Posted on October 11, 2016 by staff

Interactive dining at trailblazing London restaurant


With an overhead projection system and interactive touch panel table, visitors to inamo could be forgiven for thinking they’ve walked into a spaceship rather than an exclusive restaurant.

Restaurant technology has come a long way in a short space of time – and inamo has been at the front of the tech queue.

Co-founders Noel Hunwick and Daniel Potter met while at Oxford University and were reportedly so fed up at the tardy service it took to order beer that they came up with the idea for the E-Table.

The patented technology was then brought to diners through their pan-Asian fusion restaurant inamo, which they opened in London’s Soho in August 2008.

They have opened a second restaurant in London and will launch a third venue in Camden this November.

“I think the hospitality industry has been relatively slow to adopt new tech,” says Hunwick.

“For many years it was tricky as no one else was really doing what we’re doing, so we had to look outside our industry.”

The team turned to the tech sector, exhibiting at consumer tech show CES in Las Vegas for inspiration. A decade later the team has split the two sides of the business in order to better focus on both.

inamo now offers the tech we have come to expect at restaurants – online booking, contactless payments, online reviews – as well as a more high-tech, interactive dining experience that led it to be described as “possibly the best first-date spot in London” by one leading dating site.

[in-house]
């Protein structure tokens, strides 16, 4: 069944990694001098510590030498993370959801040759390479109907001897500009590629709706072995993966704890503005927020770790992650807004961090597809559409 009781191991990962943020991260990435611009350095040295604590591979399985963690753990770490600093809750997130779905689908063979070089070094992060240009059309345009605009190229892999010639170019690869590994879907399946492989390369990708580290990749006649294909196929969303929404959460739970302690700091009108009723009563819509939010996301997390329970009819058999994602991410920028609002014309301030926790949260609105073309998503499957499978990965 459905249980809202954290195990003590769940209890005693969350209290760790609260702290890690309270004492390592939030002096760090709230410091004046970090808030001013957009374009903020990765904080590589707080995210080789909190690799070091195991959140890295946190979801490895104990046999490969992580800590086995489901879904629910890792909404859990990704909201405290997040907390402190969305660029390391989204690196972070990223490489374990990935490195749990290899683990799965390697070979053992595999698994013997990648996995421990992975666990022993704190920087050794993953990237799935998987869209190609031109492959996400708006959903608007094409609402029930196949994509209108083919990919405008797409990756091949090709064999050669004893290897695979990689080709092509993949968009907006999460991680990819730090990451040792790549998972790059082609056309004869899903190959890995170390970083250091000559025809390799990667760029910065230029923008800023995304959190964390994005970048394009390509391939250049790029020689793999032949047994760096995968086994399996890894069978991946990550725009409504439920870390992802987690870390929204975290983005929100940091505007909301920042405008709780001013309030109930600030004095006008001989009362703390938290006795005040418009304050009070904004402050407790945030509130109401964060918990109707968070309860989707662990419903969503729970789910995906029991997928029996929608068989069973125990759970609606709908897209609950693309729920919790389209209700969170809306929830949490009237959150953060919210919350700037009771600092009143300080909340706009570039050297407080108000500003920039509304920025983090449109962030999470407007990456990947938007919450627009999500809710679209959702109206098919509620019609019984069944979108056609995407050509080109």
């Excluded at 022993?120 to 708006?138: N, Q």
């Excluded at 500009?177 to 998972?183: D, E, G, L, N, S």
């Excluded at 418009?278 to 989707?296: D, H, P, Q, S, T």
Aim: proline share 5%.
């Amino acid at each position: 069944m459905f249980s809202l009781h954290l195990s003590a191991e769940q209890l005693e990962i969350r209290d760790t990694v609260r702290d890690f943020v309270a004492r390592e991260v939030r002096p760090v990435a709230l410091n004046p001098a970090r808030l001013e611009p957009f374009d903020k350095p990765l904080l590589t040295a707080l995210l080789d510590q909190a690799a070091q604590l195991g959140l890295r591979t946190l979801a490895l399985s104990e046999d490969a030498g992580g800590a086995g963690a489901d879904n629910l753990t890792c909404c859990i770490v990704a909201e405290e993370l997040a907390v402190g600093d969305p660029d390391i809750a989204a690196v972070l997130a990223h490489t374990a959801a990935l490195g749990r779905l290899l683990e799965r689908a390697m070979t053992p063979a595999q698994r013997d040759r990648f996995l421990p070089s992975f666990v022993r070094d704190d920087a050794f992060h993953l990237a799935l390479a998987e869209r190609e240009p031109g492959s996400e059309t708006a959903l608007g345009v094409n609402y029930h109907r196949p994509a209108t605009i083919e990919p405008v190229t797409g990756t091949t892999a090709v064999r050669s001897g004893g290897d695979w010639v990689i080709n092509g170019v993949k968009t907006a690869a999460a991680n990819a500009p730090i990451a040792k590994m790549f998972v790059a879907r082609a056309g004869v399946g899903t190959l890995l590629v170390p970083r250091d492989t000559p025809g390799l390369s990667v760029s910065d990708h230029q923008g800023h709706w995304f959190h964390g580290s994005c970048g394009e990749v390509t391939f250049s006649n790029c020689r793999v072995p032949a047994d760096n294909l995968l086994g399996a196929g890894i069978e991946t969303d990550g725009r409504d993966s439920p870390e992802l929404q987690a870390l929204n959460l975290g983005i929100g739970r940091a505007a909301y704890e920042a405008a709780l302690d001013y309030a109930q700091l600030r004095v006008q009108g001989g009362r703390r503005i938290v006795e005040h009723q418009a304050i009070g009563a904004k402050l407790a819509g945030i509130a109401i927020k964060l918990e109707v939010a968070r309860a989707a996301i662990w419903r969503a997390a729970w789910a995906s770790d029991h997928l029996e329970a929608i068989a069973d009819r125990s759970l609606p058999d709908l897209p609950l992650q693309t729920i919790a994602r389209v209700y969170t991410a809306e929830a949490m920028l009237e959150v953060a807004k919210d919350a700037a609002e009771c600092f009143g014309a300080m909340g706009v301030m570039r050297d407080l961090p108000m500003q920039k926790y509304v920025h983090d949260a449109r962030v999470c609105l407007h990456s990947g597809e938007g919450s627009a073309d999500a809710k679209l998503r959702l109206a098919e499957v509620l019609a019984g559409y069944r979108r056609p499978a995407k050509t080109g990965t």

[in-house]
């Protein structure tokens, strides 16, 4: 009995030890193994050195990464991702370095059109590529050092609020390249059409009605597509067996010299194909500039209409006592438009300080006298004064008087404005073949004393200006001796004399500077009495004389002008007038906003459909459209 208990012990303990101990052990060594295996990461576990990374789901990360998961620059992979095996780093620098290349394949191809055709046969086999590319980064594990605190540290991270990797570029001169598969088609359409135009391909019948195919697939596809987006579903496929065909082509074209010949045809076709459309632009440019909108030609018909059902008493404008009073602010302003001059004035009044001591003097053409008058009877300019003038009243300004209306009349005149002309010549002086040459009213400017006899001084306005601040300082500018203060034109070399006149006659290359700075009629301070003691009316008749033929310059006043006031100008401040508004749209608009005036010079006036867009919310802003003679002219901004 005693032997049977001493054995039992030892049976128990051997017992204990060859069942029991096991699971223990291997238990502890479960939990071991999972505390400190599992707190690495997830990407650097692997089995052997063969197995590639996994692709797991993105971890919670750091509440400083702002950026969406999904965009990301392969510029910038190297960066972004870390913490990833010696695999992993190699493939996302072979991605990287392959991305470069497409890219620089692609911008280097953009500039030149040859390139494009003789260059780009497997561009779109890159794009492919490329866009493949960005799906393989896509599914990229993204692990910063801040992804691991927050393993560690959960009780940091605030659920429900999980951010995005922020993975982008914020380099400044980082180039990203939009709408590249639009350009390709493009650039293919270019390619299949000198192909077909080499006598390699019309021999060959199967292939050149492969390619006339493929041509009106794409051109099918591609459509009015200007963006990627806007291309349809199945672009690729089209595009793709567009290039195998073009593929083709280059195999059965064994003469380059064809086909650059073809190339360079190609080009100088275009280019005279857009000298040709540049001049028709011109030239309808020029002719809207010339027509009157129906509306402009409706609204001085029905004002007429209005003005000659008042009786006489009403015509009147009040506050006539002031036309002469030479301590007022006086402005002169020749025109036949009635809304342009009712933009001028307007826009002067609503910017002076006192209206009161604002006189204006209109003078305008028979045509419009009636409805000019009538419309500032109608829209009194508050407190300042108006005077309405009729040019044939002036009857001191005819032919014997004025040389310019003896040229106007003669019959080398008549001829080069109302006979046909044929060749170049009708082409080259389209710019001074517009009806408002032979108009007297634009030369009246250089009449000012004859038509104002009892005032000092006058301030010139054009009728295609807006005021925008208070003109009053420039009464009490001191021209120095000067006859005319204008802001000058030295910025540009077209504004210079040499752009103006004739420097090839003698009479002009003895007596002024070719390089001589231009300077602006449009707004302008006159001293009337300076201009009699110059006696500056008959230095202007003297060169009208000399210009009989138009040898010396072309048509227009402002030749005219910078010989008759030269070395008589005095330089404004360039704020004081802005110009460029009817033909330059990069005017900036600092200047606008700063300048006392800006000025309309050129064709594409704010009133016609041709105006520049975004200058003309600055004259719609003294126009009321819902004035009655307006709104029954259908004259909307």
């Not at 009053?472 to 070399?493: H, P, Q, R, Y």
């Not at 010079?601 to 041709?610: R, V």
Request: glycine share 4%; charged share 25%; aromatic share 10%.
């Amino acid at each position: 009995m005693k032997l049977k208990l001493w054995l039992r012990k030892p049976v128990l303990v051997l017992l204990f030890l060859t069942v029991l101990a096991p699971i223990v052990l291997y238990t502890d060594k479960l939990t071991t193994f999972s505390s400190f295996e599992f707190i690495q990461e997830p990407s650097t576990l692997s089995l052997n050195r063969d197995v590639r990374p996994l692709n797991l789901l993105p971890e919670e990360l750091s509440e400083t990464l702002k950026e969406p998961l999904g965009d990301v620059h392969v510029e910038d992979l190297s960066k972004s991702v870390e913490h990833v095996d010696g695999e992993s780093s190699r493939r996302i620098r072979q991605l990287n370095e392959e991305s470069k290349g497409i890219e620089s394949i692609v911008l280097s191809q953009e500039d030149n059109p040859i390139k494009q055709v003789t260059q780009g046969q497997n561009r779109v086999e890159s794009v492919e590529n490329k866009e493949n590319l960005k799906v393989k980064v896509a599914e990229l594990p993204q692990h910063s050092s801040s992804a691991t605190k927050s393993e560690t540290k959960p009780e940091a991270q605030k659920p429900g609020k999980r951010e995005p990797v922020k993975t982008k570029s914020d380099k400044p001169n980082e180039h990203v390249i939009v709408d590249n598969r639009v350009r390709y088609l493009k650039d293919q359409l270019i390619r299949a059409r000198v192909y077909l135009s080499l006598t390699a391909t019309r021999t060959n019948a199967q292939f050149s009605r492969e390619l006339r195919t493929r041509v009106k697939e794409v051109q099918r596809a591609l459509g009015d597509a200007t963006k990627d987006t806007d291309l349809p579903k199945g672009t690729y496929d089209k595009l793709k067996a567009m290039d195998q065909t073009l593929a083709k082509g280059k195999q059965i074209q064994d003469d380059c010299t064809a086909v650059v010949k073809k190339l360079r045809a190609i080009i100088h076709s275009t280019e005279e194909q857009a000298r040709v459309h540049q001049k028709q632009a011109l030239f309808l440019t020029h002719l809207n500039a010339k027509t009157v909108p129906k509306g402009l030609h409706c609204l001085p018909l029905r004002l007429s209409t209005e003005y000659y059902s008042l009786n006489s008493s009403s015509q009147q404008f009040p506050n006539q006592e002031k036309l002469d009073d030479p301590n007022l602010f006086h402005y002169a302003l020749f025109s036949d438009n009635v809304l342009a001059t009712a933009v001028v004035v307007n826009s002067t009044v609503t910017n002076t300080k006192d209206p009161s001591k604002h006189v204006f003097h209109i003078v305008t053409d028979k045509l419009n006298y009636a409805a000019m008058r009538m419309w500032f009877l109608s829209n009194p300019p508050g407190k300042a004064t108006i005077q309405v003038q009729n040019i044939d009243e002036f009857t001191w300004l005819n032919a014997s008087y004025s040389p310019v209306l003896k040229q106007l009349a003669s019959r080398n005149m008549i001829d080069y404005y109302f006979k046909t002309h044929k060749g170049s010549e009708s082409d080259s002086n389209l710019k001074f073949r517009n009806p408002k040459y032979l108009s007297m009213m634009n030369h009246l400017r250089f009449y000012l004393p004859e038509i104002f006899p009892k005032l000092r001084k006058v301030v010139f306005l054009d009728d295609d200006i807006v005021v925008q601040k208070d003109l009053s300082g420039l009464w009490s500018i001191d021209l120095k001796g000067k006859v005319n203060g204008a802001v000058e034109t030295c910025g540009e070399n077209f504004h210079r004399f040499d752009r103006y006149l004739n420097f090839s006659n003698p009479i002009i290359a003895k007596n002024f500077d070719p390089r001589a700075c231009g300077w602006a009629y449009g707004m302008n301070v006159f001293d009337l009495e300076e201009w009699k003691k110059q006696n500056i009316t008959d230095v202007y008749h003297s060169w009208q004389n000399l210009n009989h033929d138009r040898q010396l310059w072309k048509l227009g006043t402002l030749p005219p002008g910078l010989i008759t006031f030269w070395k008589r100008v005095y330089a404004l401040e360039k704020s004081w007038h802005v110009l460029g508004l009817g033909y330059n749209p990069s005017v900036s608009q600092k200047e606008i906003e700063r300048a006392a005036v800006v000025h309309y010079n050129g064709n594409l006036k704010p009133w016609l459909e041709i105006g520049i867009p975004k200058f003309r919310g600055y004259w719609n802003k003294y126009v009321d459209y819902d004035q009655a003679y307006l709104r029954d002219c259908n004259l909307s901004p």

The tech varies slightly between the different locations, but each incorporates variations of an overhead projection system, touch panels and a track pad built into the table. With these you can do everything from playing Battleships to changing the colour of the table cloth and placing your order.

This might sound tech-heavy, but the team wanted to make sure the customer experience wasn’t too ‘computery’ or intrusive.

“We see it as something which adds to the experience rather than being dehumanising,” explains Hunwick. “It’s a talking point as well as being something that adds significant functional value, and also helps the waiter.

“It’s still vital to have an engaged friendly team on the floor, but also important for them to adapt to a different type of service than they may have delivered in other restaurants.

“From the kitchen’s point of view, not a great deal changes.”

As tech continues to innovate, so will the team’s plans for the future.

“We’re developing a music application to tell you what’s playing and what’s on next which might develop into a jukebox,” says Hunwick.

“We also recently introduced the opportunity to choose different backgrounds – for example blackboard or brick wall – so you can graffiti on the table.

“We’re also looking at monthly magic nights and ways of integrating some elements of magic into (the) table, which I’ll keep a bit schtum about, but will be fun.

“We don’t see ourselves as looking to push out the other types of restaurant – I like going to fine dining restaurants or street food places too.

“It’s just a gradual shift in adoption of tech in different forms.

“It’s quite funny now – lots of people said ‘tech in a social space? We’re not sure about that!’ Now that’s radically changed.”